If you use the scikit-learn library for training and predicting using the svm algorithm, you would use similar syntax as for the GaussianNB and in that matter the other machine learning algorithms.

In general when doing machine learning, you should reserve a part, about 10%, of your data to use as testing data, and that should not be used for training. Otherwise you would not get a realistic accuracy on your algorithm.

So we should split our training/testgin data into 4 varaibles, one set of features for training (an array, and in the case of svm, an array containing arrays that are the featuresw), one set of labels for those features, (the correct answer), similar variables to be used for testing.

from sklearn import svm features_train = [[0, 0], [1, 1]] labels_train = [0, 1] clf = svm.SVC(kernel="linear") clf.fit(features_train, labels_train) pred = clf.predict([[2., 2.]])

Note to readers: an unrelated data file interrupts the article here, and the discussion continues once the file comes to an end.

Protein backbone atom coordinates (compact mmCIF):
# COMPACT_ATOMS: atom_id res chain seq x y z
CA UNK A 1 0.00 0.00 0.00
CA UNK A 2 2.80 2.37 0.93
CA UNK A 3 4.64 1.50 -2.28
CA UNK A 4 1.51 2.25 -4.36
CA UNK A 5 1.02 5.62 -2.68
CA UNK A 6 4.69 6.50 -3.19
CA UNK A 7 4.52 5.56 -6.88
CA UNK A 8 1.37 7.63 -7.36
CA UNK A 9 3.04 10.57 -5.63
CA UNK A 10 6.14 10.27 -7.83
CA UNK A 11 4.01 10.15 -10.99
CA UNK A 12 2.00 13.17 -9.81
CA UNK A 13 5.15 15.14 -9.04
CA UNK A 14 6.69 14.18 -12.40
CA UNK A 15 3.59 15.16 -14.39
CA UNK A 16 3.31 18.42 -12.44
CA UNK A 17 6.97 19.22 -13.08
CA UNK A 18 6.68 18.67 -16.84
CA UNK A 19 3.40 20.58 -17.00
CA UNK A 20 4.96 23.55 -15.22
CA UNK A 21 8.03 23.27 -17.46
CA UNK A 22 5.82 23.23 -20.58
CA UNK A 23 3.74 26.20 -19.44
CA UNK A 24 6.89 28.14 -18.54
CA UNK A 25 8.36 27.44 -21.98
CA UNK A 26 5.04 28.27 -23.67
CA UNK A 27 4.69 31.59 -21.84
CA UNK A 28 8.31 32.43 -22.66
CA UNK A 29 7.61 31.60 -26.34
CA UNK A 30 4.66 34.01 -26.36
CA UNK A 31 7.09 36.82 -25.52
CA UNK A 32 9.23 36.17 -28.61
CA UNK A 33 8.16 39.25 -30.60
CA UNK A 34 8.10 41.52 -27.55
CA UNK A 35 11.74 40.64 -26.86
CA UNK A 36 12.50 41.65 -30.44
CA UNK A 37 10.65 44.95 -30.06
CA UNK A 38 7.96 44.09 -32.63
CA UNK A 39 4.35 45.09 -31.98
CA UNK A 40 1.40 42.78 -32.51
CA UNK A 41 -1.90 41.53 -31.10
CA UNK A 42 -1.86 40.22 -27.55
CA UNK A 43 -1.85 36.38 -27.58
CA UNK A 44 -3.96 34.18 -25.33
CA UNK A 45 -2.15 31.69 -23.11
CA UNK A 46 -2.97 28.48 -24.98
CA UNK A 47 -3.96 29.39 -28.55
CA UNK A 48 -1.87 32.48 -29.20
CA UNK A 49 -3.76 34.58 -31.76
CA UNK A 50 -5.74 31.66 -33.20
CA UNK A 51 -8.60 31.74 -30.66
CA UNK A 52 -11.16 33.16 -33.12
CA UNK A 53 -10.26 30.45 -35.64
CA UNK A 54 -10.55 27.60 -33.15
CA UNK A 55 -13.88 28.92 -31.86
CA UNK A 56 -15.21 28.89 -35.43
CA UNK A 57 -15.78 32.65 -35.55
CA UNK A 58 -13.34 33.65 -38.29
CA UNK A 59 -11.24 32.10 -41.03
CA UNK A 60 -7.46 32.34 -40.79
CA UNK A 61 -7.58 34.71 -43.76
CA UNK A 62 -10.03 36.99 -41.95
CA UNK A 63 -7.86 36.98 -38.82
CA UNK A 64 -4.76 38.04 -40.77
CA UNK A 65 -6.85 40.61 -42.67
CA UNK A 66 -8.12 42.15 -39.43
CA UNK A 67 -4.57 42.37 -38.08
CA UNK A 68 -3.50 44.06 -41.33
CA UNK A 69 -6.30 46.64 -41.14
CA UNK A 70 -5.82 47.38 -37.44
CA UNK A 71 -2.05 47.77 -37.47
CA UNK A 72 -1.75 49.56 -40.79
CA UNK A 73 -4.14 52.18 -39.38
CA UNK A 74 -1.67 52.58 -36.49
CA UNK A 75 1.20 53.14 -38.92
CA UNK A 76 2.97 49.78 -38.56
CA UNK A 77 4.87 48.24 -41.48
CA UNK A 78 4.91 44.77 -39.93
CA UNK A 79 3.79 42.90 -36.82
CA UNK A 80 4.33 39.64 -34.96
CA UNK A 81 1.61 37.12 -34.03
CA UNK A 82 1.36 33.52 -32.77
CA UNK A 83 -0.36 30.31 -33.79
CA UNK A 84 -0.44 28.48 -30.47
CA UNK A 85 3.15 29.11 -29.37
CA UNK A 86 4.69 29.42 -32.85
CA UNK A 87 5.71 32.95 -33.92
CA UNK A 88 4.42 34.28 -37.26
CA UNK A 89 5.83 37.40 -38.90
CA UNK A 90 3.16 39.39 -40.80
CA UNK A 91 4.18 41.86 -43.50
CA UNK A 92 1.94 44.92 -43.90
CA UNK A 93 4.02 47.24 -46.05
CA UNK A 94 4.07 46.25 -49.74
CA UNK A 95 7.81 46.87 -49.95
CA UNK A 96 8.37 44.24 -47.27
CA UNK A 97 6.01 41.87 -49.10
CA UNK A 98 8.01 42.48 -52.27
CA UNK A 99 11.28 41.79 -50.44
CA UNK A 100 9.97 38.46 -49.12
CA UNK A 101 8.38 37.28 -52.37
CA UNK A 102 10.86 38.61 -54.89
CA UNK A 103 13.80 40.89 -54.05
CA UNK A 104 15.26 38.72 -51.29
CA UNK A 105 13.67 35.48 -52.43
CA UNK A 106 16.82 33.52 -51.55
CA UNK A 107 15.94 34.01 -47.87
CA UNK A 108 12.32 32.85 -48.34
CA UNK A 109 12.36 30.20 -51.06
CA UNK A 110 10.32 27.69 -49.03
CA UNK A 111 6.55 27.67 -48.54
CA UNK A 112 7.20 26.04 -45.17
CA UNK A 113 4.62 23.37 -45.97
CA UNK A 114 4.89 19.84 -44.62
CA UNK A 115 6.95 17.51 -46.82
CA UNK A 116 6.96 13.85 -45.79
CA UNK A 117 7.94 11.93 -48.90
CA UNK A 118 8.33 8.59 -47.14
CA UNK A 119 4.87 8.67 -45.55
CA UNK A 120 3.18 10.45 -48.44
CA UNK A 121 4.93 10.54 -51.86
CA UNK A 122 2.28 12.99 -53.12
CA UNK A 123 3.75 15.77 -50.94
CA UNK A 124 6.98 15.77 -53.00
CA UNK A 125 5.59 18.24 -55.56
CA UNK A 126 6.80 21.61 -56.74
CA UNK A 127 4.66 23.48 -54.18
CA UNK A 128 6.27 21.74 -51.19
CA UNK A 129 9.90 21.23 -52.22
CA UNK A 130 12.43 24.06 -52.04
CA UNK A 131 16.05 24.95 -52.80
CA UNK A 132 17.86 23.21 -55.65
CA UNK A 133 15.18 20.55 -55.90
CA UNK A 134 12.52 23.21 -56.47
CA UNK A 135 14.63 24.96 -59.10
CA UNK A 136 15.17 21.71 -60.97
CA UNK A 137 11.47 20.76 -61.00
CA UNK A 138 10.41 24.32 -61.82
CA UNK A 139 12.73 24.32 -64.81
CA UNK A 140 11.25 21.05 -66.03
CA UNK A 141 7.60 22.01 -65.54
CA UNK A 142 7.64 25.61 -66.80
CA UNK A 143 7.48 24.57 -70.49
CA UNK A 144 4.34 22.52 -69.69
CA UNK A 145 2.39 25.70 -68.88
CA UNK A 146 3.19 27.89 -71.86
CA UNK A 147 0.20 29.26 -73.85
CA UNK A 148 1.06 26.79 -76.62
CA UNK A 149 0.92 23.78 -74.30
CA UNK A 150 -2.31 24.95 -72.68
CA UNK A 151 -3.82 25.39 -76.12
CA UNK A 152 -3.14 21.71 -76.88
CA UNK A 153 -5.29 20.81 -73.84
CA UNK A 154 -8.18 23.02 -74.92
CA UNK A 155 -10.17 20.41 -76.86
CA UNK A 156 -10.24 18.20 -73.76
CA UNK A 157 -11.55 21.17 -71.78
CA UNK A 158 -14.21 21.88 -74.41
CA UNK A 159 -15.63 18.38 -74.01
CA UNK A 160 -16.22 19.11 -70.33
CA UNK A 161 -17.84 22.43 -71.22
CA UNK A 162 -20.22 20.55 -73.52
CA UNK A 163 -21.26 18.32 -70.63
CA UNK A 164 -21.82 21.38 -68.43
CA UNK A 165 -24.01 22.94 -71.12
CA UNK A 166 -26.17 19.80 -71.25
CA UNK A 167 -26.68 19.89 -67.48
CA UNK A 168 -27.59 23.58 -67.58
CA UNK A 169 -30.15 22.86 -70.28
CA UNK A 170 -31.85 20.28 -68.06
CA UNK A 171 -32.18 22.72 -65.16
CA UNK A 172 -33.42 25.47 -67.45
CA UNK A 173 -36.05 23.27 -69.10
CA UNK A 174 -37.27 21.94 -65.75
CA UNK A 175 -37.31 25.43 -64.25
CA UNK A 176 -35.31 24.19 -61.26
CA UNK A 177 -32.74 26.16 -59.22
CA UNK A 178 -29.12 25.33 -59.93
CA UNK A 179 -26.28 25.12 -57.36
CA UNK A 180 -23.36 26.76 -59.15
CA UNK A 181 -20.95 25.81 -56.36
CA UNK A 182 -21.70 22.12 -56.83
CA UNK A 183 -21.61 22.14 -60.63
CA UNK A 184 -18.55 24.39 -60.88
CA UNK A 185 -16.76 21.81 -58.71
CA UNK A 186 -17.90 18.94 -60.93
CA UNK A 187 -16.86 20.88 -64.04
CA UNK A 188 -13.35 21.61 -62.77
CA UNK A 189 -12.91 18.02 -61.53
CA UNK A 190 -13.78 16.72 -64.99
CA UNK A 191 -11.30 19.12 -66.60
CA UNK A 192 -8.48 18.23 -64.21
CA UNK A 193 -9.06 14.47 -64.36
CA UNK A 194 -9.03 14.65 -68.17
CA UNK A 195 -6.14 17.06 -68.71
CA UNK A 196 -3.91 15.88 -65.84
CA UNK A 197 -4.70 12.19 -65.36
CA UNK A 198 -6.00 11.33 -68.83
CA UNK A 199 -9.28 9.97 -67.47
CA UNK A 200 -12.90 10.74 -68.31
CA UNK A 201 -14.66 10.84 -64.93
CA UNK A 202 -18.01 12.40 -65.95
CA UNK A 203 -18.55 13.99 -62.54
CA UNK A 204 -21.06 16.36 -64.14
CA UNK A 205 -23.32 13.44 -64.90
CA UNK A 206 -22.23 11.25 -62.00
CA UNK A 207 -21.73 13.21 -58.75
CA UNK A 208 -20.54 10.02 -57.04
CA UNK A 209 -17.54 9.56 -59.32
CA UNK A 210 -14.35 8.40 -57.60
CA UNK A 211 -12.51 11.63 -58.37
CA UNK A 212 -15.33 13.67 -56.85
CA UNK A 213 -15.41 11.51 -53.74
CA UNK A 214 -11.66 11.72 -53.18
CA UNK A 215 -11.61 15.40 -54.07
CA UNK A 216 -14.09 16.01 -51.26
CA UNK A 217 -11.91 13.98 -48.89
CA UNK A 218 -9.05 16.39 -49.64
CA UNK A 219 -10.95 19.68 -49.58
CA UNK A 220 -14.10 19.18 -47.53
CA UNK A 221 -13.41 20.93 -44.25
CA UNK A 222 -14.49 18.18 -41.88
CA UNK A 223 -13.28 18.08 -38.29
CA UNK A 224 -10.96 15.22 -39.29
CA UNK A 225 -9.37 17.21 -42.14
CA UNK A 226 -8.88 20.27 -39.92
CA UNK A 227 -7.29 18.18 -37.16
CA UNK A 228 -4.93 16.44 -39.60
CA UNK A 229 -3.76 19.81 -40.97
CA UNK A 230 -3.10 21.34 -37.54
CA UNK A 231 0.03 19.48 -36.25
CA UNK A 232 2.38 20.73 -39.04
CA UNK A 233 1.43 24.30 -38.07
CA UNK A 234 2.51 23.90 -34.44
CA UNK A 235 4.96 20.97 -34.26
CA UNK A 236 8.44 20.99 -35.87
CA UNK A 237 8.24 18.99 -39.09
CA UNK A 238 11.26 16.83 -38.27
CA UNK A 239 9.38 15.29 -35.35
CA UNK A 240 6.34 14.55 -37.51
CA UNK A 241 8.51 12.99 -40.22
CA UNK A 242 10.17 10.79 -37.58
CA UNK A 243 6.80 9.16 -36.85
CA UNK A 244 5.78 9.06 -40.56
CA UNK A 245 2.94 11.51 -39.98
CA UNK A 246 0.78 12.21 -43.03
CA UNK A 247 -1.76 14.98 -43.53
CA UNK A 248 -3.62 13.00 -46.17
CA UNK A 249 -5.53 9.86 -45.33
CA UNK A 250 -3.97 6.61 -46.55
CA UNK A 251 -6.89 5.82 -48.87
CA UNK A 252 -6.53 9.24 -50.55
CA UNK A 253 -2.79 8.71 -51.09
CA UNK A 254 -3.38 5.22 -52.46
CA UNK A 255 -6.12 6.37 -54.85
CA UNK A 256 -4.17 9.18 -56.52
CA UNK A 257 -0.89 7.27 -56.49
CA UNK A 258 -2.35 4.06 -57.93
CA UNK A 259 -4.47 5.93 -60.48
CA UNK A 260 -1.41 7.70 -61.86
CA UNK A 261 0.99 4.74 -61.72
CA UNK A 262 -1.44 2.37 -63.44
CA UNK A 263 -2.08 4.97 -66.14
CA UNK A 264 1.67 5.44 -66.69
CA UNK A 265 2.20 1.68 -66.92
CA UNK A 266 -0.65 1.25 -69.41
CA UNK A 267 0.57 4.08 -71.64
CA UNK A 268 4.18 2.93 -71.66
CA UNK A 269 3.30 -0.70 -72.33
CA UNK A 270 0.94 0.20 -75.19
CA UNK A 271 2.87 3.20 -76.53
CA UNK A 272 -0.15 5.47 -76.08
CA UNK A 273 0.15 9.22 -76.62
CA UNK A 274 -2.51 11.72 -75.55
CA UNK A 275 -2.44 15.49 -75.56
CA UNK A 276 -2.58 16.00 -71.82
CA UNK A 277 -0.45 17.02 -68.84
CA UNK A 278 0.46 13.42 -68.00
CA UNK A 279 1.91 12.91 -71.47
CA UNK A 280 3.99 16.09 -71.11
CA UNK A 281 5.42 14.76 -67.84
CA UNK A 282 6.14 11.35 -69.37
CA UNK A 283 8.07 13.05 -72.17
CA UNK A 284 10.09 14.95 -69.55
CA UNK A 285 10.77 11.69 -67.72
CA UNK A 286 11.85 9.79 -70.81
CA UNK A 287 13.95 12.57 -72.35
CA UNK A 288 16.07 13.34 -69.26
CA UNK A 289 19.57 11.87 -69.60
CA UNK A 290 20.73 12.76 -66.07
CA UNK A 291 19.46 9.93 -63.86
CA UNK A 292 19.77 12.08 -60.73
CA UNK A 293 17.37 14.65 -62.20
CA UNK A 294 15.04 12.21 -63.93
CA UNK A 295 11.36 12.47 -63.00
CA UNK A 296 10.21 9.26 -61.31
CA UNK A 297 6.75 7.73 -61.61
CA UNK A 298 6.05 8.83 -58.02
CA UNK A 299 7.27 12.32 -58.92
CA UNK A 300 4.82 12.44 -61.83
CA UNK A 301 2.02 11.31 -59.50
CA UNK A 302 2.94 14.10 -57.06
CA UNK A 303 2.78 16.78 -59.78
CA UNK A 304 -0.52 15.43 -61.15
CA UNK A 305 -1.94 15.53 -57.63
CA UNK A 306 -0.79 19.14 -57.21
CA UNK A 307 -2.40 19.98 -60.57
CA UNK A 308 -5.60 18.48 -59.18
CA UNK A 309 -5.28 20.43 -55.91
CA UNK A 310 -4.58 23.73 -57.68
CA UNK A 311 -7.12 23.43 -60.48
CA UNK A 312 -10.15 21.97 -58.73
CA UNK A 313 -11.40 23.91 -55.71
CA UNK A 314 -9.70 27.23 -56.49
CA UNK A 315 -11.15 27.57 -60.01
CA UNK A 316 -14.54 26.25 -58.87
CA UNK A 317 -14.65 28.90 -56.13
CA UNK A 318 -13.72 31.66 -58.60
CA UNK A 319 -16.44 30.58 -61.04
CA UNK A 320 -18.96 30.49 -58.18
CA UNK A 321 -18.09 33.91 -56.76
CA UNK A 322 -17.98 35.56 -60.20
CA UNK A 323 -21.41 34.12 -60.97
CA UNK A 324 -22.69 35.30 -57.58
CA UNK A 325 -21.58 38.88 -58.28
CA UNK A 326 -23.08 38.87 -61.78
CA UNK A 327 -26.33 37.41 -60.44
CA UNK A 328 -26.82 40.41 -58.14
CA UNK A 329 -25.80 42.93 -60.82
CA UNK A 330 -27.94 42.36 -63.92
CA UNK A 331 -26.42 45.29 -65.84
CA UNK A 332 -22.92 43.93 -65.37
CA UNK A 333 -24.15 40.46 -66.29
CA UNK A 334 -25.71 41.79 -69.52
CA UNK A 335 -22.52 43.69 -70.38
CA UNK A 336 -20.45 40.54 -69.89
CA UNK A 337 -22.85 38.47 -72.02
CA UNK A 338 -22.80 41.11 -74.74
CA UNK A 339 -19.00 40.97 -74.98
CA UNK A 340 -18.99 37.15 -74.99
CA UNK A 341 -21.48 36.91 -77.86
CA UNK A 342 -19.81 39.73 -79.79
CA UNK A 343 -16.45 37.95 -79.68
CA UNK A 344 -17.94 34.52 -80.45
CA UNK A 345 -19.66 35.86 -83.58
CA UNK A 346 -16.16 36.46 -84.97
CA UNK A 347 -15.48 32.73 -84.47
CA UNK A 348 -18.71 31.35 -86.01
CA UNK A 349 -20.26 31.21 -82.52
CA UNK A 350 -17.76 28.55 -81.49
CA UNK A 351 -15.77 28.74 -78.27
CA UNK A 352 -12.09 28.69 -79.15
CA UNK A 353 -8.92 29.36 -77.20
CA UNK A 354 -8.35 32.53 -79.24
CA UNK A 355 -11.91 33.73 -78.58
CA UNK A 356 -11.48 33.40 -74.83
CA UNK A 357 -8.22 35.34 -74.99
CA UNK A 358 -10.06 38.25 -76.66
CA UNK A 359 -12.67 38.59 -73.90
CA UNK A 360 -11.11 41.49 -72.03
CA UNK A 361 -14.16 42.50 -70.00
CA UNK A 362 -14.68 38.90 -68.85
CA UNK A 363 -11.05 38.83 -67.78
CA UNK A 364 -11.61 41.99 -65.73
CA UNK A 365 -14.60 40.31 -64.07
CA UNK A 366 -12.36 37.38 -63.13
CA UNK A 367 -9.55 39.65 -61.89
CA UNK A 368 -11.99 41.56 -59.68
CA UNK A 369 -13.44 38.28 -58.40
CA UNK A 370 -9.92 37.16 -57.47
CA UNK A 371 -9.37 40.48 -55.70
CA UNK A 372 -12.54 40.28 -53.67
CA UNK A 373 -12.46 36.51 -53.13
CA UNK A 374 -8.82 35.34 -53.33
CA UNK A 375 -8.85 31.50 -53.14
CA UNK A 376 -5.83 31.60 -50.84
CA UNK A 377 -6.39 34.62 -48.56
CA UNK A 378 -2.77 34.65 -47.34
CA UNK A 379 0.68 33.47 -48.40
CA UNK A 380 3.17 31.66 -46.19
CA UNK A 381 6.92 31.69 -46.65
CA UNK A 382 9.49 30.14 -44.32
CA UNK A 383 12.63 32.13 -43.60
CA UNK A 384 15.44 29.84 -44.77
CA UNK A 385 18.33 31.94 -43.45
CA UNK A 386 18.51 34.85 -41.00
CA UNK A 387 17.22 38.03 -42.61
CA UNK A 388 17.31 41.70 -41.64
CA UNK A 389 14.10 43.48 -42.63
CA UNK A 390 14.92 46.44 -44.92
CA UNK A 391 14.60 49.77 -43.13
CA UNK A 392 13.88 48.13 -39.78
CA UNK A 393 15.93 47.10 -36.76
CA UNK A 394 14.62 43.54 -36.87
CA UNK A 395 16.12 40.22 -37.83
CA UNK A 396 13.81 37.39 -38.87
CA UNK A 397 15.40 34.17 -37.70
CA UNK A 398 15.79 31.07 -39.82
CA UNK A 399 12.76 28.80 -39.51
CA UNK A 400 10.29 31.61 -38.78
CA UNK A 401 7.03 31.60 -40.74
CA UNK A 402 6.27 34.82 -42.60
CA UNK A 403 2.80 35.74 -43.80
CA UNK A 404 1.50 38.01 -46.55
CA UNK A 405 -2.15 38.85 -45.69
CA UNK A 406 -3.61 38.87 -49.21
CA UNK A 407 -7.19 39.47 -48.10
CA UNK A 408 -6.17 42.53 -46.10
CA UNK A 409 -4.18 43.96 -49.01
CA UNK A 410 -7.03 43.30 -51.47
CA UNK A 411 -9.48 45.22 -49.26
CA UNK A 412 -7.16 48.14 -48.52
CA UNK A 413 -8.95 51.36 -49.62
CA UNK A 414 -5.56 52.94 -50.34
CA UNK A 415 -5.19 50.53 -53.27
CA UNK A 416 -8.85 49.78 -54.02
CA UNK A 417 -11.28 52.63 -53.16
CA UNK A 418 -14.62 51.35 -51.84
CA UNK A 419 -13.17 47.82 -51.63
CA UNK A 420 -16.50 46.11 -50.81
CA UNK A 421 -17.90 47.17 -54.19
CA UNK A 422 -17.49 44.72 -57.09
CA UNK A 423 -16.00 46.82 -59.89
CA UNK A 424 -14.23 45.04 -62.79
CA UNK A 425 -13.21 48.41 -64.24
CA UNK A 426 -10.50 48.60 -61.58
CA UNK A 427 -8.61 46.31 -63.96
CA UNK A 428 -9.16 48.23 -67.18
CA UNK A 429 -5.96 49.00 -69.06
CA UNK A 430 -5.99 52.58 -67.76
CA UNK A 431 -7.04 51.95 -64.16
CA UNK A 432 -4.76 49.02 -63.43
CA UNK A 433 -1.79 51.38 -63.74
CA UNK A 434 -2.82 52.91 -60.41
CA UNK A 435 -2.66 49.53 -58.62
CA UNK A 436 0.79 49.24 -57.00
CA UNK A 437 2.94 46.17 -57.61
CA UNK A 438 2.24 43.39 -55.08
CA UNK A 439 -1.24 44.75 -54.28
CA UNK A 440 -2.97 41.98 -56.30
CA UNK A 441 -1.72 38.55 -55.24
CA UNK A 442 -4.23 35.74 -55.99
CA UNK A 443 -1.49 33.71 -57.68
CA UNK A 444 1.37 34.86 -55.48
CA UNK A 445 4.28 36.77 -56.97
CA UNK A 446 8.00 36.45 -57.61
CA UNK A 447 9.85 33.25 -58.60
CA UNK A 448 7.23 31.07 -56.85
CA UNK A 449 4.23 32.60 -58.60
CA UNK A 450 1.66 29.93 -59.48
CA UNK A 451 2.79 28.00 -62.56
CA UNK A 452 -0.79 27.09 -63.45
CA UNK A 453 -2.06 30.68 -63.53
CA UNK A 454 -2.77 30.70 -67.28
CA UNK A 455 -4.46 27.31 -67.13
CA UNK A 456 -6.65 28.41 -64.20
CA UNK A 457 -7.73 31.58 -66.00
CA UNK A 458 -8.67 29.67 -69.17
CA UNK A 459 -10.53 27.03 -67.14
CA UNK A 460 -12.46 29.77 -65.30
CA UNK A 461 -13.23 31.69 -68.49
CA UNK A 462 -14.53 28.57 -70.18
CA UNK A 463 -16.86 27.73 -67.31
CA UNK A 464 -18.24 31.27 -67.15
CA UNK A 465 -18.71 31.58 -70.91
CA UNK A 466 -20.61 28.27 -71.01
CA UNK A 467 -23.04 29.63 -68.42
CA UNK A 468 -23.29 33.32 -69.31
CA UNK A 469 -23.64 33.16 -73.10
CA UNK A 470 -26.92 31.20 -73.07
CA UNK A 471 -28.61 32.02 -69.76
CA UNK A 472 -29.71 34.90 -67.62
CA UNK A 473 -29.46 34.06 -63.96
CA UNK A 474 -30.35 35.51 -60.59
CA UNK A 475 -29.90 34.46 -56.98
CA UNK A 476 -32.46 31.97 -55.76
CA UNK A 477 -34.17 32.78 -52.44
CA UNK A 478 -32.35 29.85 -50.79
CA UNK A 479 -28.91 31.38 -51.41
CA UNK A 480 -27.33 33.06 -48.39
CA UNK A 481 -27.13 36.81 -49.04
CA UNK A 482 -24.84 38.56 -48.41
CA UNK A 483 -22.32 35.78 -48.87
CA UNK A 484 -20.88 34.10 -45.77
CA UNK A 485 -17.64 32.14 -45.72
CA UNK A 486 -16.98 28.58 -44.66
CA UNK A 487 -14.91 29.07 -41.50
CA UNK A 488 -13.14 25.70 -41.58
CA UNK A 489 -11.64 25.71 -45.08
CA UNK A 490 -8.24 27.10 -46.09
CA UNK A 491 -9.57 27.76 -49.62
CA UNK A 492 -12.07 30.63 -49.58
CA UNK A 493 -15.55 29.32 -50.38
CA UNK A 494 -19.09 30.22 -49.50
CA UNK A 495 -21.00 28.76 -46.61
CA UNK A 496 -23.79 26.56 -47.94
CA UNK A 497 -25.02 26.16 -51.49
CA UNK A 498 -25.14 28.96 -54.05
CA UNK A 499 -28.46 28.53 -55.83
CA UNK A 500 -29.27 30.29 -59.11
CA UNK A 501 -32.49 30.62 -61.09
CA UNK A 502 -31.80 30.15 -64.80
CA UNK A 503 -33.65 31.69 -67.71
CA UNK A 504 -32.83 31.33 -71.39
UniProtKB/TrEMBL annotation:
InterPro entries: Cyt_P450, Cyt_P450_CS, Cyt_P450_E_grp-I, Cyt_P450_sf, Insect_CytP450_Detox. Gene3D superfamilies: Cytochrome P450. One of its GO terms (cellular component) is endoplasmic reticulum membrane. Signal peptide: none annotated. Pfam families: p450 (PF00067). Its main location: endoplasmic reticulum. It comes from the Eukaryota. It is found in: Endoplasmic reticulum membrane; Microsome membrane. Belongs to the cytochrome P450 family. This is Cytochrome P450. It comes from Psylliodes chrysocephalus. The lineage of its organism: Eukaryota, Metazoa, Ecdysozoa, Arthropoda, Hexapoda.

If your data, however, is not separable linearly, lets say, that the data would look like this:

The data can not be separated by a line, but if you for instance add a new feature where the x is instead |x|, i.e. the absolute value of x, you could separate the data with a line.

A very powerful feature of support vector machines is to take a set of two dimensional data, and if it is not linearly separable, it uses something called Kernel tricks to transform the features into a multidimensional dataset, that is separable in order to get a solution

In the svm library you can also provide different kernels, or define your own. For instance, in the code example above you see that i use a linear kernel.

In the image below you see two decision boundaries that are produced on the same data but using two different kernels and another parameter called gamma, a linear to the left and rbf to the right (with gamma parameter of 1000).

The parameters are used when you create your svm classifier, ie. before you train it.

Another parameter you can use is called the C paramter. That can be set to indicate if you want a smooth border between the classes or classifier that classifies the training features correctly. The tradeoff can be that even though you could get a classfiier that is very correct on your training data with a high C, it might not be very good at generalizing your test data.